“Naval plans,” he declared, “call for airplanes on every naval vessel, even down to destroyers.”

“Persons are accustomed to speak in rosy terms of the possibilities of aircraft, as if they were already accomplished facts. It is as if, in the days of wooden ships, sailormen had foreseen the battleship of today and talked of her as if she then existed, overlooking the fact that years and years were to elapse before their dreams became a reality.”


The admiral cited the fact that the Liberty motor, invented in 1917, had undergone scarcely any improvement since that time.

“If we could reduce the weight of that motor one-third,” he said, “we could entirely change the design of the airplane.”

Just as the battleship developed the armor plate against heavy gunfire, and the defenses against torpedoes and submarines, so it will develop protection against the airplane, and the latter will become a useful weapon of the naval warfare of the future.

From Global Security.org:

“No new American battleships were built until 1936 when USS North Carolina was authorized by the Congress. No new American battleships were commissioned from 1923 to 1941. In 1938, the Japanese government publicly renounced the latest round of naval limitation treaties. With this announcement, the United States responded by beginning work on a new, much larger 45,000-ton battleship design. In a commonly held view, the United States and Britain fared badly in the naval agreements of the 1920s and 1930s. The Axis powers built up their navies in the 1930s, the democracies languished behind, and Germany and Japan were harder to defeat at sea during World War II precisely because of this unhappy record.”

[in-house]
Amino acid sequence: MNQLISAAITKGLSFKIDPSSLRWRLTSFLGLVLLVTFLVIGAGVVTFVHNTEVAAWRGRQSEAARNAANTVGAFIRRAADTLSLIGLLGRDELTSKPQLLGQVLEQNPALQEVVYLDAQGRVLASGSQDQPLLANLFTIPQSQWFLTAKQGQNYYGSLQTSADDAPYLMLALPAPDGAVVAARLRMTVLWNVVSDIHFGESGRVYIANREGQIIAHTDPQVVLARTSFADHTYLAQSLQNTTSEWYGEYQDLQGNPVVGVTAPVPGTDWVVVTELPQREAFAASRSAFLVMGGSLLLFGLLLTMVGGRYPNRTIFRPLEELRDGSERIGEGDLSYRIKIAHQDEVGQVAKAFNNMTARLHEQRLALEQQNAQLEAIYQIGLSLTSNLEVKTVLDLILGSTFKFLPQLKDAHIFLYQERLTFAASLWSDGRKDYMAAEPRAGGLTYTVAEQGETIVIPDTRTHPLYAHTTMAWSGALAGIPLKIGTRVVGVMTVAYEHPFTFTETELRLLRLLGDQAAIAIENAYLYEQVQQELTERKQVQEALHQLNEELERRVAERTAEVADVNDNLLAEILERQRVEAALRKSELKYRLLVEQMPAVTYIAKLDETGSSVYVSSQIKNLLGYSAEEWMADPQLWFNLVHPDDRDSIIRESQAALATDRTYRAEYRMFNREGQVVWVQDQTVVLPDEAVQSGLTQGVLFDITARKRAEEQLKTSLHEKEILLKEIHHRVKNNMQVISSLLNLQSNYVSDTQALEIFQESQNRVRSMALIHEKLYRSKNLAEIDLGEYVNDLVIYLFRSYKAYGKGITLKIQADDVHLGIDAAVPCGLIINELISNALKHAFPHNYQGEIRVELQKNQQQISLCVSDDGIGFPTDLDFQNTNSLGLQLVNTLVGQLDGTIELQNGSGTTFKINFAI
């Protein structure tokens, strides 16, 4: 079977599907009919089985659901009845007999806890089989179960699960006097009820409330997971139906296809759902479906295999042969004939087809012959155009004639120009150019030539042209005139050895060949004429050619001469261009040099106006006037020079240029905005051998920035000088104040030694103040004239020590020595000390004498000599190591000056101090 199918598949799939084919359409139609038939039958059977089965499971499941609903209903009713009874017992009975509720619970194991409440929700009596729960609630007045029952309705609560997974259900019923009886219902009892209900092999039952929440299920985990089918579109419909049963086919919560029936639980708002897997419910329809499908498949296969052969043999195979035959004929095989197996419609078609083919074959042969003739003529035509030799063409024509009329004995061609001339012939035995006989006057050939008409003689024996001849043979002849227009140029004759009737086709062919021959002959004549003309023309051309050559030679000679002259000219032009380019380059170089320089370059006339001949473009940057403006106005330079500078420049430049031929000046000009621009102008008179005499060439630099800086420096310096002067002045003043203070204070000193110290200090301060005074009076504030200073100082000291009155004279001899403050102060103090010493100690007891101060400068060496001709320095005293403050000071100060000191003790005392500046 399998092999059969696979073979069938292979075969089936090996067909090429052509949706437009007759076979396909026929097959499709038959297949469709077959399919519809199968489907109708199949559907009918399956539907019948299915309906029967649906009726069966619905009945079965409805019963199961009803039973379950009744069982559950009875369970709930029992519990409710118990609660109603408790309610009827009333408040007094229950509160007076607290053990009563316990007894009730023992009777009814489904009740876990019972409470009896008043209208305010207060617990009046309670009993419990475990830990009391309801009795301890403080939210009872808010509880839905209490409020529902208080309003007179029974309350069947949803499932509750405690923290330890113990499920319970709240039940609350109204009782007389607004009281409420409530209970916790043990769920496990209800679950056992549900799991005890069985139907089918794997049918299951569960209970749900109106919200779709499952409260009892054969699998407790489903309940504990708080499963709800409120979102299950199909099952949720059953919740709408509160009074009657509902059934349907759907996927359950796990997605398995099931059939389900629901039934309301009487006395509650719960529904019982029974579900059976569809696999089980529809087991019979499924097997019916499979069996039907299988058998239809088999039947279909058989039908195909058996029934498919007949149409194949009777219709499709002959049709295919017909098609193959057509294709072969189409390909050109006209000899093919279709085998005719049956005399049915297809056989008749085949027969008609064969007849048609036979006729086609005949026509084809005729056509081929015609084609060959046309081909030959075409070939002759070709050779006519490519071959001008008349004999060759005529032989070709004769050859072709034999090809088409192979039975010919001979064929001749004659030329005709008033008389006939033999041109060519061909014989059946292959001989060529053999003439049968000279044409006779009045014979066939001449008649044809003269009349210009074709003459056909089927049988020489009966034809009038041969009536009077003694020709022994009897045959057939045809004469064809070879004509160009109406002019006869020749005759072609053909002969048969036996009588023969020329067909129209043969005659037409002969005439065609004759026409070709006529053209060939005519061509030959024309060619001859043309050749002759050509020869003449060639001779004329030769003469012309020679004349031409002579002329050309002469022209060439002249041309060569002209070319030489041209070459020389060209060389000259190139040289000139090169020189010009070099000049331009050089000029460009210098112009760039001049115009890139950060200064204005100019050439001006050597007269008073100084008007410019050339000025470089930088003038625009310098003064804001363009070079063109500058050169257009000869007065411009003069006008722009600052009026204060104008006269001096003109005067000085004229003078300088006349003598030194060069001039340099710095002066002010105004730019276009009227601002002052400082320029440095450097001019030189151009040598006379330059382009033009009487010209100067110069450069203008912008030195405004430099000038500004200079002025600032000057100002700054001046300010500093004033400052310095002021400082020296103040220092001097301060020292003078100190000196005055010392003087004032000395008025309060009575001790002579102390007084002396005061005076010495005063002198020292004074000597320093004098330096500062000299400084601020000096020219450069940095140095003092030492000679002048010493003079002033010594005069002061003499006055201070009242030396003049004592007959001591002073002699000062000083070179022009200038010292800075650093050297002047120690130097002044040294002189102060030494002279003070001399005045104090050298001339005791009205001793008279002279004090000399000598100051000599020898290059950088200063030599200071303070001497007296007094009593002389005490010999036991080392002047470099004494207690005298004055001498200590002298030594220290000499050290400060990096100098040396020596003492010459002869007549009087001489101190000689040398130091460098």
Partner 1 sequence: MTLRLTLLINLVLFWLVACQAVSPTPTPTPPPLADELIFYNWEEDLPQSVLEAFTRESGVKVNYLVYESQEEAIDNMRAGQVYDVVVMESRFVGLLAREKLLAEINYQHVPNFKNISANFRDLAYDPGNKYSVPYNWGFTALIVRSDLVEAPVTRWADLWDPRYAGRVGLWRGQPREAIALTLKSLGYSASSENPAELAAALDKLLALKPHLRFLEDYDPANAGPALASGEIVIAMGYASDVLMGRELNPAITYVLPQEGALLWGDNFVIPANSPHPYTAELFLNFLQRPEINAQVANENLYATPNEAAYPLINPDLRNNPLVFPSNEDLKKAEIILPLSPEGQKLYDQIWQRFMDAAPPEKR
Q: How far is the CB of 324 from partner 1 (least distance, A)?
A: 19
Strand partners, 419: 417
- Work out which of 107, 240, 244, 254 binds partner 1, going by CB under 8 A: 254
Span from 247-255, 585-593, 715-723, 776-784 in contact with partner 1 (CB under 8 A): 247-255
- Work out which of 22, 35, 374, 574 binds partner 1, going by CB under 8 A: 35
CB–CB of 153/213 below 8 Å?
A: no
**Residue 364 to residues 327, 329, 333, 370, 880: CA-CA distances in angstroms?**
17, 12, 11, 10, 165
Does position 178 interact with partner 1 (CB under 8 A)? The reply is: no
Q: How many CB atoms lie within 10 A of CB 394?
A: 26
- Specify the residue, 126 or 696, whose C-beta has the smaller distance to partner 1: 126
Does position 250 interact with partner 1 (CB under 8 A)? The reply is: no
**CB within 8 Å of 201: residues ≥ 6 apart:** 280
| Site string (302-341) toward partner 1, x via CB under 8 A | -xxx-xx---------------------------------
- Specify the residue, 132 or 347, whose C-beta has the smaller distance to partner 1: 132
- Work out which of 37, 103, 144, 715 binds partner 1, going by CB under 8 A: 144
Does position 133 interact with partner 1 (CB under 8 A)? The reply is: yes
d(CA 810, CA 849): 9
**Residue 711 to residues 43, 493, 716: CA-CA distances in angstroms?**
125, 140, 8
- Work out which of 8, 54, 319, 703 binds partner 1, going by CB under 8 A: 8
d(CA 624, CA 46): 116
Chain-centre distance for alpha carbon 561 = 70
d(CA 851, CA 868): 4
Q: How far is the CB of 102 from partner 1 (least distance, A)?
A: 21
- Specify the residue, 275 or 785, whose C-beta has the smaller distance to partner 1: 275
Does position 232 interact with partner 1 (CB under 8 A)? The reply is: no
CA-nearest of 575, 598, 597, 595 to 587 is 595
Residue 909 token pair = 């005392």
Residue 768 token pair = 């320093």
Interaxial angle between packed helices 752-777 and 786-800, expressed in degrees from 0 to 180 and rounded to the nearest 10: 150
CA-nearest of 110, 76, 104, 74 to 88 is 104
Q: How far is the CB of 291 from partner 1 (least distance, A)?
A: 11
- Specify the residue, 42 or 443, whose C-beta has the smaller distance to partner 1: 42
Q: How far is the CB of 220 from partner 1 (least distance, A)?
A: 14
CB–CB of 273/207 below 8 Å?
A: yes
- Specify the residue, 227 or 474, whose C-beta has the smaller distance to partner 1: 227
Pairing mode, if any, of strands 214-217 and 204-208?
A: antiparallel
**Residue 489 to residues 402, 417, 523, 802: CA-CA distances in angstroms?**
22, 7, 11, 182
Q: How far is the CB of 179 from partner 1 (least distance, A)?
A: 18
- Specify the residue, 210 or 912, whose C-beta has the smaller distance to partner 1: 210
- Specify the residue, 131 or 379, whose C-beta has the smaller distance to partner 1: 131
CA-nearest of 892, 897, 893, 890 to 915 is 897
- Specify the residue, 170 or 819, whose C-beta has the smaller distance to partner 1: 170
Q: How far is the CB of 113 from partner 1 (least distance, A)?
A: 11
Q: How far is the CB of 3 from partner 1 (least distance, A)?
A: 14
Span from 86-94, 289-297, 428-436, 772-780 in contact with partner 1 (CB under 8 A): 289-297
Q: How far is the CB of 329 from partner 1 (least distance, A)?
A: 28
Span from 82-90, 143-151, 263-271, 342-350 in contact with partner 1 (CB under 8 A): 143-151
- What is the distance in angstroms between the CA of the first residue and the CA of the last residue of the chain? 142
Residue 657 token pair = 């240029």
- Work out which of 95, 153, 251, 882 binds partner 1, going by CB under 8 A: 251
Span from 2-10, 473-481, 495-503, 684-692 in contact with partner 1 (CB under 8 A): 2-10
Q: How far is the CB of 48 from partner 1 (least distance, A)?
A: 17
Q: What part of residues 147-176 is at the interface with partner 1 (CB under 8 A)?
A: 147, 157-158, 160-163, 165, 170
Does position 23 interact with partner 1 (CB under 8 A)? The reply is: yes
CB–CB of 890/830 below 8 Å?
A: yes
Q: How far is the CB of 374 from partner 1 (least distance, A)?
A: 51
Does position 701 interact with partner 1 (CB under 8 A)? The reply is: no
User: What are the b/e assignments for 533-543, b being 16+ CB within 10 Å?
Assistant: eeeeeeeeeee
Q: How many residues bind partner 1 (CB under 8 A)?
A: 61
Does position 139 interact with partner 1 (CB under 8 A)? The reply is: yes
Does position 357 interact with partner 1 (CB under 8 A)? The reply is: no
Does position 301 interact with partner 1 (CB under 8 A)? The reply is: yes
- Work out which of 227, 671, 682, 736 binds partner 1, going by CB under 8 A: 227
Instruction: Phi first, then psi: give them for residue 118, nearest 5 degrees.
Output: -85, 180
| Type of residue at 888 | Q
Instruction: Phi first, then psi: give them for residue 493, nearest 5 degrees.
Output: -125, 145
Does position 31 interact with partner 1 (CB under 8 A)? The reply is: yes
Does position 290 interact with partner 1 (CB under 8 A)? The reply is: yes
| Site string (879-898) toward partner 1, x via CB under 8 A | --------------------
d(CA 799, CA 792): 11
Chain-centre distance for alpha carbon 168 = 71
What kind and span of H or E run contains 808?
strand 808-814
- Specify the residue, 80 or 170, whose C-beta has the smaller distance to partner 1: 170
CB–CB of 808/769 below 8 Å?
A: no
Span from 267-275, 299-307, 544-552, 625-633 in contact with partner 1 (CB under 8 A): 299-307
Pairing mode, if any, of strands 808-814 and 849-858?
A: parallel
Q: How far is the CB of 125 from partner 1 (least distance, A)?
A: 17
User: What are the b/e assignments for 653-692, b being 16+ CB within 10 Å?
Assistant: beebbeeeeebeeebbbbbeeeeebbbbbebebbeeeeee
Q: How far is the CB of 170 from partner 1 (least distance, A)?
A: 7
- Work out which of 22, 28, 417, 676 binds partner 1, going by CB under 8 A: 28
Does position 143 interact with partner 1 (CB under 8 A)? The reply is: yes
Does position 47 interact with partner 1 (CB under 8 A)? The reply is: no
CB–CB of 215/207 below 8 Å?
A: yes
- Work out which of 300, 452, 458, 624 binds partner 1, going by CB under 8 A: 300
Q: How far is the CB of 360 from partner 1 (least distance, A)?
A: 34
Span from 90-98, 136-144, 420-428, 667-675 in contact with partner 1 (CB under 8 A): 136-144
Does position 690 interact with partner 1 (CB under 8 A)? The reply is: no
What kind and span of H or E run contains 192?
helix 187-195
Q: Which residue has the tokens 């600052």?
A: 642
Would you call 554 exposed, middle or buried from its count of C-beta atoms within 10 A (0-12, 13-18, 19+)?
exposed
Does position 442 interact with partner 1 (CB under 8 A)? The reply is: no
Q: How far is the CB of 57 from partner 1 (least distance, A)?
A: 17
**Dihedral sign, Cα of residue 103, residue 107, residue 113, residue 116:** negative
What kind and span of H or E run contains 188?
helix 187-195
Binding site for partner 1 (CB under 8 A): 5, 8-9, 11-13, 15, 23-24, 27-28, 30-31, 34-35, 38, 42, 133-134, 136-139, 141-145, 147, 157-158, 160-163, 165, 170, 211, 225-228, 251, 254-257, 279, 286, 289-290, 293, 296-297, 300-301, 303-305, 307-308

“By 1940 Pacific Fleet moved to the naval base at Pearl Harbor. The battleship era ended only with the arrival, effectively just before the start of World War II, of aircraft that could not only out-range the big guns, but also deliver blows of equal or greater power. Thereafter, at least in the daylight when the planes could fly, battleships performed as auxiliaries to aircraft carriers. During these years the nature of naval power was changing as a result of the perfection of the airplane and the introduction of a new capital ship utilizing this new weapon — the aircraft carrier.”


Rear Admiral Fullam would continue with his crusade until his death in 1926.

But nearly every prediction he made came to pass.

I wonder again where the Fullams of today are hiding?

Mister Mac


One thought on “We must lead, not follow, in naval development – Even after 100 years, it is still true

  1. I am afraid that, as always, it will take some major tragedy to get the politicians off their butts and their brains in gear. Hopefully not, but the country seems more at loose ends, politicians less intellectually stellar, and the citizenry so inwardly and selfishly focused that a strong Navy probably won’t be on the mind’s of but a few that have either BTDT or that are students of history (or both). It doesn’t take a “rocket surgeon” to see that we aren’t where we need to be – but someone has to at least be looking.
    Thanks for keeping a lookout and sounding out the warnings, Mr. Mac!
    “Mr. Bill” “Fossil” Heaton
    (ex) IC1 (SS)
    SSBN-634, SSN-681